‘The Good Wife’ recap: A Post-it note and an $8-million Marc Chagall

Julianna Margulies as Alicia Florrick

Julianna Margulies as Alicia Florrick


Our favorite legal drama is back for an exciting (final?) season. Just as the episode titles have returned to first season’s single-word naming conventions, “The Good Wife” creators have pushed the reset button on Alicia’s life, as she tries to recover from the massive roller coaster of Season 6.

Alicia is starting over, just like in Season 1: She’s hoping for someone to give her a chance, struggling with her new life as a public defender (which I’m only familiar with because of John Oliver), and dealing with the aftermath of another political scandal — this time, her own. Because everyone thinks she tried to steal the election, no one will hire her — except the devil, Louis Canning.

She shows up in the dismal, crowded, fluorescent-lit courtroom, where the three attorneys recognize her and assume the worst, and the judge refuses to work with her. But as we all know, Alicia’s not a quitter.

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Fortunately, she returns home to find that her daughter-turned-secretary Grace welcomed Alicia’s new client (one, it’s later revealed, sent to her from Canning): a woman whose mother died and left sticky notes to say which of her two children will inherit which of her belongings — including a Marc Chagall print worth $8 million.

When Alicia goes to the deceased woman’s house to meet the executor and the opposing lawyer, they find that all the Post-it notes have fallen to the floor. She also finds she is facing off, once again, with David Lee and Diane Lockhart.

Alicia returns to bond court, and one attorney, Lucca Quinn (Cush Jumbo), sticks up for her, convincing the judge to give her a few cases and offering some quick advice. Though Alicia catches on, the unkind judge refuses any leeway and assigns outrageous bail amounts to the detainees, who clearly have no way of paying them. I can’t help yelling at my TV, “I’m sorry you hate your job.”

The juxtaposition between bond court and inheritance court is staggering. The latter is quiet and spacious with beautiful wood paneling, and full of expert testimonials from scientists studying residue and stickiness, flight patterns of Post-it notes and Roomba physics. Judge Farley (Jane Curtin) gets as much a kick out of it as we do.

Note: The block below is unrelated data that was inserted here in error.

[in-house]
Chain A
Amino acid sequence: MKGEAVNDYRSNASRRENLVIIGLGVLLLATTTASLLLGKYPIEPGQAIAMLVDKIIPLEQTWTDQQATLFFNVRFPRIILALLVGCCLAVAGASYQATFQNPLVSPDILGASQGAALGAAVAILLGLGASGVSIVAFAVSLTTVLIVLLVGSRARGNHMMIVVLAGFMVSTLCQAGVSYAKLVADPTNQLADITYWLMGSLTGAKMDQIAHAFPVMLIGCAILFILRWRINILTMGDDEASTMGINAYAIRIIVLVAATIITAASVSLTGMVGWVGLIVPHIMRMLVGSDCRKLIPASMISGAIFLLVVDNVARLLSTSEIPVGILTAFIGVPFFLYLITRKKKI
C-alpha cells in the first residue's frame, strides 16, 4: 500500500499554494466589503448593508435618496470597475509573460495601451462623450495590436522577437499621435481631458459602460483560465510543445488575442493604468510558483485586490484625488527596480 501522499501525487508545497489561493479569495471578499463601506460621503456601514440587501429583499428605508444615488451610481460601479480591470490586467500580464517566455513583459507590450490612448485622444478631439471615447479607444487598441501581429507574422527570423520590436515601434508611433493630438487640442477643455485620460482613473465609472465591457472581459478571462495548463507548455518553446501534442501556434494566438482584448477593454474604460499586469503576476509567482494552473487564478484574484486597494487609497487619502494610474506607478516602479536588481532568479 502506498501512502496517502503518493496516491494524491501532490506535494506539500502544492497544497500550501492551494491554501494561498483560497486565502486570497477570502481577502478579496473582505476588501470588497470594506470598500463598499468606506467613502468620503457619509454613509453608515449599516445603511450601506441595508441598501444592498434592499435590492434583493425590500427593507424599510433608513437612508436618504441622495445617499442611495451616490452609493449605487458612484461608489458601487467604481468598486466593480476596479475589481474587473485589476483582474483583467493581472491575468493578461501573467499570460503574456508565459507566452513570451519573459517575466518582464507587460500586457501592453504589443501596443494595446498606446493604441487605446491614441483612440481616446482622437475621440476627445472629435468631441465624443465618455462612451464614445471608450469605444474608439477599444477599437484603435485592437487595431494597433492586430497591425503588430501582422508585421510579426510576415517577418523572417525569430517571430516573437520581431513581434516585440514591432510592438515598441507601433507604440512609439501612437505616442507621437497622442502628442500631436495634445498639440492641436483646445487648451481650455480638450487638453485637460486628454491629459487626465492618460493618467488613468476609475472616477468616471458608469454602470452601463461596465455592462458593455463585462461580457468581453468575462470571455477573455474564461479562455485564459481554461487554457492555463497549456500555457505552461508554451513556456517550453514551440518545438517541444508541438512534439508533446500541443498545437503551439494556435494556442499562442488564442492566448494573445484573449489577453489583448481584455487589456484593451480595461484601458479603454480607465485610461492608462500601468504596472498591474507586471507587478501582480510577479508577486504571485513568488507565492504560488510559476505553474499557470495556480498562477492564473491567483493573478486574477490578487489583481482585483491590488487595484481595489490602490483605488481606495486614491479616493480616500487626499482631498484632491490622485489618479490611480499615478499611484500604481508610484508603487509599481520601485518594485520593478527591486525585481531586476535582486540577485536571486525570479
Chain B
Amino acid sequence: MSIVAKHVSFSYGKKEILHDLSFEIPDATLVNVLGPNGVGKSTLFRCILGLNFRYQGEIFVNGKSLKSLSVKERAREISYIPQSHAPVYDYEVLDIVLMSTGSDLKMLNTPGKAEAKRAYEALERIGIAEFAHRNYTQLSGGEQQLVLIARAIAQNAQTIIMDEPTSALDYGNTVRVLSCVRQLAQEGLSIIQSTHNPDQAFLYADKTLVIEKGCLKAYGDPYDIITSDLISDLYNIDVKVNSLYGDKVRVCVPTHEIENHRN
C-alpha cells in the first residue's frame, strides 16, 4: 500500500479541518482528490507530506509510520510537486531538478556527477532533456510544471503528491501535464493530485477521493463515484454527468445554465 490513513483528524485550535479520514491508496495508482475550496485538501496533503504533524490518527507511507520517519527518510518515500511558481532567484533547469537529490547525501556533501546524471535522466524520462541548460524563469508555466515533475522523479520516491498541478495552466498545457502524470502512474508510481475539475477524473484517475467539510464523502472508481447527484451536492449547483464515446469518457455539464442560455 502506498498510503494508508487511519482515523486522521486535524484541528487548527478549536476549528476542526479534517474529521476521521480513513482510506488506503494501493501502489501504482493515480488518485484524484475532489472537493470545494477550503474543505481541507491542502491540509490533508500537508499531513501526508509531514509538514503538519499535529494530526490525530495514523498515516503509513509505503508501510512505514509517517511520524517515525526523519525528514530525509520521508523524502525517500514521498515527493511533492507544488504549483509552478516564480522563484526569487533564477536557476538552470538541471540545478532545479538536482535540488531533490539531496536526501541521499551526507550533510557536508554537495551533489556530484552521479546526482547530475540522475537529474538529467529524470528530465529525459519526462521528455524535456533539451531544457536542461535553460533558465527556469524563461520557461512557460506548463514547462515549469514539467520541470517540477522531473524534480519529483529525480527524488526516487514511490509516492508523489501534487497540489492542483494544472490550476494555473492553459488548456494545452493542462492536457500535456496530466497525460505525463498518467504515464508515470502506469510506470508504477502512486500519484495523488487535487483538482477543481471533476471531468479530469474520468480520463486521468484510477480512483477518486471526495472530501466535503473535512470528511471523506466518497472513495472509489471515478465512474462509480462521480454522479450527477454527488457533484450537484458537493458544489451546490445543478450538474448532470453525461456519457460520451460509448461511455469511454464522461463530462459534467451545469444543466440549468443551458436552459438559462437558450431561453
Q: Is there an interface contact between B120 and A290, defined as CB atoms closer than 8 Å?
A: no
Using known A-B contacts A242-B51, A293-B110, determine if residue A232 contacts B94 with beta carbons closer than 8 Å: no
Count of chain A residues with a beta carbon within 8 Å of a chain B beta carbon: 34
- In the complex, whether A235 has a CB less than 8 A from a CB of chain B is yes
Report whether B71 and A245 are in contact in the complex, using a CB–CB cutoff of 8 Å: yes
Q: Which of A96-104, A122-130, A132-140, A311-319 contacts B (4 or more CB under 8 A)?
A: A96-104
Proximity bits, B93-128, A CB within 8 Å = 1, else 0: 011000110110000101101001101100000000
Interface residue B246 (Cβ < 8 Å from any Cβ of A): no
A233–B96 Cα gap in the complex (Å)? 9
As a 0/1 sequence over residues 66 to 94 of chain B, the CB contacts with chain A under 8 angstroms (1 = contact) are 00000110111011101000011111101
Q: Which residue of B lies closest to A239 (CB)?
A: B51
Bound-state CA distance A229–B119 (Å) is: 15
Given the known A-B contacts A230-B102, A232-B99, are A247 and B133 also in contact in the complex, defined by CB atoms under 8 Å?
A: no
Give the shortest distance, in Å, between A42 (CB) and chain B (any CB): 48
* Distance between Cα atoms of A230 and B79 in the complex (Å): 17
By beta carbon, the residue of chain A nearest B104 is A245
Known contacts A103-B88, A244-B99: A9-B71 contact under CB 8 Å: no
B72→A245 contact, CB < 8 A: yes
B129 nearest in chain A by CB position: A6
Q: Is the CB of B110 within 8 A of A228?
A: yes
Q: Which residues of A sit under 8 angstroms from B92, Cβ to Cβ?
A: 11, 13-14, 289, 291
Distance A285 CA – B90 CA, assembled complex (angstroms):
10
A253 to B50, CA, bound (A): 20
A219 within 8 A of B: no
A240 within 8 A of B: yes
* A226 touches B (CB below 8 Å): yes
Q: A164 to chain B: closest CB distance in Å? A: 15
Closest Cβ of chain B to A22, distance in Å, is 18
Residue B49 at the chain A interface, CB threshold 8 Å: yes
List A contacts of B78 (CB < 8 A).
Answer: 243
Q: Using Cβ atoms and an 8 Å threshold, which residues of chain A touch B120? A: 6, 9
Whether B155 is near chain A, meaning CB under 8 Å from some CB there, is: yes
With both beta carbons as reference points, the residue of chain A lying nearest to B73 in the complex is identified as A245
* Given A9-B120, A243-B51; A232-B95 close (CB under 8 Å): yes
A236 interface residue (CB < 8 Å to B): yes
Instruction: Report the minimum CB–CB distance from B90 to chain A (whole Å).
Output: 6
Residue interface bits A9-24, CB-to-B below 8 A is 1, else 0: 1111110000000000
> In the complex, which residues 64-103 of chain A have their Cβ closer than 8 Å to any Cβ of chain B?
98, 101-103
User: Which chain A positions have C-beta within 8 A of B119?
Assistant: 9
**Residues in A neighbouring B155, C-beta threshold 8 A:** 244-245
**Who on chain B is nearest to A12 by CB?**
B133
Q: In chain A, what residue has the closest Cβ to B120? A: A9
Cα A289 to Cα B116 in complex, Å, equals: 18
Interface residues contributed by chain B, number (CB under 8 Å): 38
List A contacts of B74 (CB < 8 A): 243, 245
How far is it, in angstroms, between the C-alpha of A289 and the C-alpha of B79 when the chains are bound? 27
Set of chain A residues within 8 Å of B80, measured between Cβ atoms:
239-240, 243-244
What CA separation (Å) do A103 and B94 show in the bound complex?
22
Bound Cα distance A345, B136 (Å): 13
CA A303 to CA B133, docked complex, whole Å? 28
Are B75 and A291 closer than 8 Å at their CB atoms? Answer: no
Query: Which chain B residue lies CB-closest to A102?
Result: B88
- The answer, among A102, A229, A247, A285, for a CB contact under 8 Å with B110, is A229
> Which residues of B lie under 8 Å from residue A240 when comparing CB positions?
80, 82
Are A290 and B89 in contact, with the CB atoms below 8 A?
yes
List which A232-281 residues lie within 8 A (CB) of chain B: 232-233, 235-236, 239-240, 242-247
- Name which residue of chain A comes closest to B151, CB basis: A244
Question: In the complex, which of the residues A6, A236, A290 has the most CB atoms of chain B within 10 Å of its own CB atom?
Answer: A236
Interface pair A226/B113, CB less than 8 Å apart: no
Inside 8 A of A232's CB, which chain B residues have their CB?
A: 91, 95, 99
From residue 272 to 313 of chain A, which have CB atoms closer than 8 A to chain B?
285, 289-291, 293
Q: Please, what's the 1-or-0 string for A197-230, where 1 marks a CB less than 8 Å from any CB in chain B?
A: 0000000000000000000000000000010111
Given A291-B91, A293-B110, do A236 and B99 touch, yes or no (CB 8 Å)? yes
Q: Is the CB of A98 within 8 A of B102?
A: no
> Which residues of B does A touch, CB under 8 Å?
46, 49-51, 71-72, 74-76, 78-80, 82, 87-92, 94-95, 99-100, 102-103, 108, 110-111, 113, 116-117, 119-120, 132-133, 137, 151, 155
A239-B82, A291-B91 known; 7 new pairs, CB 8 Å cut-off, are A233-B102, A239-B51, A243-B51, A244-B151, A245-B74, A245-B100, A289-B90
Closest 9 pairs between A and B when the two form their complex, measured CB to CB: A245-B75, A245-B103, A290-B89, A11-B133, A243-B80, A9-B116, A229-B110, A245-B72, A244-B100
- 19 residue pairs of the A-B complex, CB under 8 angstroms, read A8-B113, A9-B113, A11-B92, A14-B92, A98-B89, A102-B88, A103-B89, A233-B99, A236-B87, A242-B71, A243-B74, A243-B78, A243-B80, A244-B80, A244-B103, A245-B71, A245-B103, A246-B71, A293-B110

Lucca asks Alicia to fill in for her in bond court, and Alicia agrees, as long as she can get to probate court on time. Neither foresees that the obnoxious judge will force Alicia to stay, so Lucca goes to probate court to ask for a continuance.


It’s looking bad for the new team, but just as Diane and David are about to award the Chagall to the caretaker, Lucca remembers that Chicago law does not allow a caretaker to inherit items of more than $20,000 value. It seems Alicia has won the case.

Unlike in Season 1, Peter is doing quite well now, especially as Alicia allows him to launch his presidential campaign. This causes problems for Eli: Peter hires the illustrious Ruth Eastman (Emmy-winner Margo Martindale) not just as his new campaign manager, but as Eli’s replacement. So much for loyalty.

Eli strikes back, asking Alicia to hire him as her chief of staff, which she happily does. Sharing Eli’s concern that Ruth will rehabilitate her by turning her into someone she isn’t, Alicia makes it clear to Ruth that this is a favor, and that Ruth needs her more than she needs Ruth. We’ll have to see if Eli’s grand plan comes to fruition.

Meanwhile, Cary is not happy with the status quo at his firm, which looks more like Lockhart-Gardner (except no Will, RIP). Diane, David and the cartoonish Howard Lyman preside, along with a number of older partners. Where did they all come from?

Cary started Florrick-Agos in Season 5 with young fourth-years. How did he again end up trying to appease older partners, who are afraid to try anything knew? He tries to drag the aging firm into the 21st century through new associate Don Weingarten’s (Daniel Abeles) accounting idea, but it’s not going well.




Oct. 14, 10:56 a.m.: Cary’s new associate is incorrectly identified as Don Weingarten (Daniel Abeles). The character’s name is Dirk (played by Phillip Shinn).


He kindly tells Dirk to continue bringing him new ideas, and for some reason Dirk takes it as a come-on. I find this hard to believe, because it’s such a breach of boundaries. Whether or not Dirk thought Cary was gay, why would he assume his boss would be so forward, and so quickly?

So what do you think, good-wifers? Are you glad our favorite legal teams are back? Do you miss Finn and Will, as I do? Will Alicia give in and work with Canning? Will Eli get his grand retribution against Peter? Let us know in the comments.



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